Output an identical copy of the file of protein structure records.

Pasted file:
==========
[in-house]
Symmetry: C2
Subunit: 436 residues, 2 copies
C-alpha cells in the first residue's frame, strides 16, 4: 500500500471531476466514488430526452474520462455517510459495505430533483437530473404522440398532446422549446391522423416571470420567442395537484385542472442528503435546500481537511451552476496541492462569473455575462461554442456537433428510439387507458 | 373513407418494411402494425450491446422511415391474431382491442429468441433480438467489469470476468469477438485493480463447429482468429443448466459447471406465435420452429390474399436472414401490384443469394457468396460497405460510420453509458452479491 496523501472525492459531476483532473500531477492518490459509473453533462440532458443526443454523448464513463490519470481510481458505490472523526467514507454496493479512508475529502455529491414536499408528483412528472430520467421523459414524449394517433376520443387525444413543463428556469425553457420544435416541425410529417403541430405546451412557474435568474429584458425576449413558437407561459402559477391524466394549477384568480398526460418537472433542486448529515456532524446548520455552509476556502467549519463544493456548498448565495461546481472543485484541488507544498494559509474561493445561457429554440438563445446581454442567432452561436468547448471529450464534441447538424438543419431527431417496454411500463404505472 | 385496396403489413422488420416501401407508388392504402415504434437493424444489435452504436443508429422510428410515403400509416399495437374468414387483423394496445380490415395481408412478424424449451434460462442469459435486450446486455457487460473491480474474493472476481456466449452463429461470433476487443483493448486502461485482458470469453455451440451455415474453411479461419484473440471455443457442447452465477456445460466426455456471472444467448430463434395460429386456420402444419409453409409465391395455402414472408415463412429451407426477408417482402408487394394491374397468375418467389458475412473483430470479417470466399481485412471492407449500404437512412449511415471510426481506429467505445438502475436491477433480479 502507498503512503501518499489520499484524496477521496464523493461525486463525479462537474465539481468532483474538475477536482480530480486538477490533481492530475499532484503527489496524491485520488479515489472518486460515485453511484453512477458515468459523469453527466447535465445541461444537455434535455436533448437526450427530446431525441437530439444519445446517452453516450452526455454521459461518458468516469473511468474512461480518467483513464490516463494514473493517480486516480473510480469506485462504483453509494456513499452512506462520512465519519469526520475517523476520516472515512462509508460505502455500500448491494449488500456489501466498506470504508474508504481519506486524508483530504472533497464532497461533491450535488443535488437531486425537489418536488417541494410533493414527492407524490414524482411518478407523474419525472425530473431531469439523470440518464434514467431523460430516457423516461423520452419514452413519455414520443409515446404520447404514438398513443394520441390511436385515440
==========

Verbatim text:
[in-house]
Symmetry: C2
Subunit: 436 residues, 2 copies
C-alpha cells in the first residue's frame, strides 16, 4: 500500500471531476466514488430526452474520462455517510459495505430533483437530473404522440398532446422549446391522423416571470420567442395537484385542472442528503435546500481537511451552476496541492462569473455575462461554442456537433428510439387507458 | 373513407418494411402494425450491446422511415391474431382491442429468441433480438467489469470476468469477438485493480463447429482468429443448466459447471406465435420452429390474399436472414401490384443469394457468396460497405460510420453509458452479491 496523501472525492459531476483532473500531477492518490459509473453533462440532458443526443454523448464513463490519470481510481458505490472523526467514507454496493479512508475529502455529491414536499408528483412528472430520467421523459414524449394517433376520443387525444413543463428556469425553457420544435416541425410529417403541430405546451412557474435568474429584458425576449413558437407561459402559477391524466394549477384568480398526460418537472433542486448529515456532524446548520455552509476556502467549519463544493456548498448565495461546481472543485484541488507544498494559509474561493445561457429554440438563445446581454442567432452561436468547448471529450464534441447538424438543419431527431417496454411500463404505472 | 385496396403489413422488420416501401407508388392504402415504434437493424444489435452504436443508429422510428410515403400509416399495437374468414387483423394496445380490415395481408412478424424449451434460462442469459435486450446486455457487460473491480474474493472476481456466449452463429461470433476487443483493448486502461485482458470469453455451440451455415474453411479461419484473440471455443457442447452465477456445460466426455456471472444467448430463434395460429386456420402444419409453409409465391395455402414472408415463412429451407426477408417482402408487394394491374397468375418467389458475412473483430470479417470466399481485412471492407449500404437512412449511415471510426481506429467505445438502475436491477433480479 502507498503512503501518499489520499484524496477521496464523493461525486463525479462537474465539481468532483474538475477536482480530480486538477490533481492530475499532484503527489496524491485520488479515489472518486460515485453511484453512477458515468459523469453527466447535465445541461444537455434535455436533448437526450427530446431525441437530439444519445446517452453516450452526455454521459461518458468516469473511468474512461480518467483513464490516463494514473493517480486516480473510480469506485462504483453509494456513499452512506462520512465519519469526520475517523476520516472515512462509508460505502455500500448491494449488500456489501466498506470504508474508504481519506486524508483530504472533497464532497461533491450535488443535488437531486425537489418536488417541494410533493414527492407524490414524482411518478407523474419525472425530473431531469439523470440518464434514467431523460430516457423516461423520452419514452413519455414520443409515446404520447404514438398513443394520441390511436385515440